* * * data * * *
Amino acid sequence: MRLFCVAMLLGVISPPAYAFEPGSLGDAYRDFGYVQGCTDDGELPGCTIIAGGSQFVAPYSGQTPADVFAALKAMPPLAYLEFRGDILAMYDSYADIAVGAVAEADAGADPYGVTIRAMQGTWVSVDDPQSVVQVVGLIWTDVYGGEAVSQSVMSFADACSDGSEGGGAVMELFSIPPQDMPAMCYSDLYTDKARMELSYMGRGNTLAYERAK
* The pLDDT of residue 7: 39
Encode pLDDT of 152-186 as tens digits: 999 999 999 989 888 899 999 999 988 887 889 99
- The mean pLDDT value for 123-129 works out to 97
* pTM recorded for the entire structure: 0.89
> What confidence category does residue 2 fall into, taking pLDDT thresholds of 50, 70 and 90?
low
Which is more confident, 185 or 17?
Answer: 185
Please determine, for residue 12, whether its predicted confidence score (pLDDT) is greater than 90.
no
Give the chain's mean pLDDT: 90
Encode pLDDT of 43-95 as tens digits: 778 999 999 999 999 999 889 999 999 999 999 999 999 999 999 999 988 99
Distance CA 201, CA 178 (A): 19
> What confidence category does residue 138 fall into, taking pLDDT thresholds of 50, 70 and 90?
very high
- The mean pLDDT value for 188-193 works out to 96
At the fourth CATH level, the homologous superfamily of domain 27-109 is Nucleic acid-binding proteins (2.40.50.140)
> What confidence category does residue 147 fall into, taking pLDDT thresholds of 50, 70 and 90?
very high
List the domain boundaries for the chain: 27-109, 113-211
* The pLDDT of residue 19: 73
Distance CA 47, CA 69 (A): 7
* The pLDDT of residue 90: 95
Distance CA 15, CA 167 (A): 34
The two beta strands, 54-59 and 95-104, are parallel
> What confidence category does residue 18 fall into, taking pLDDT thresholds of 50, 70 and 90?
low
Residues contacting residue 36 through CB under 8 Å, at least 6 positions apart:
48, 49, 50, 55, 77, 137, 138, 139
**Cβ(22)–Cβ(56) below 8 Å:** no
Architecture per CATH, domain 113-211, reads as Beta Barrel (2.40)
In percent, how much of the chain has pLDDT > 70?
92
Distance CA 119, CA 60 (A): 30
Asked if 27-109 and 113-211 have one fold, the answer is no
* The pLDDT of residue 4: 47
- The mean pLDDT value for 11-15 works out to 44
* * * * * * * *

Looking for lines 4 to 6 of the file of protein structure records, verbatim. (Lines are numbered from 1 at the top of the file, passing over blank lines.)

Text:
- The mean pLDDT value for 123-129 works out to 97
* pTM recorded for the entire structure: 0.89
> What confidence category does residue 2 fall into, taking pLDDT thresholds of 50, 70 and 90?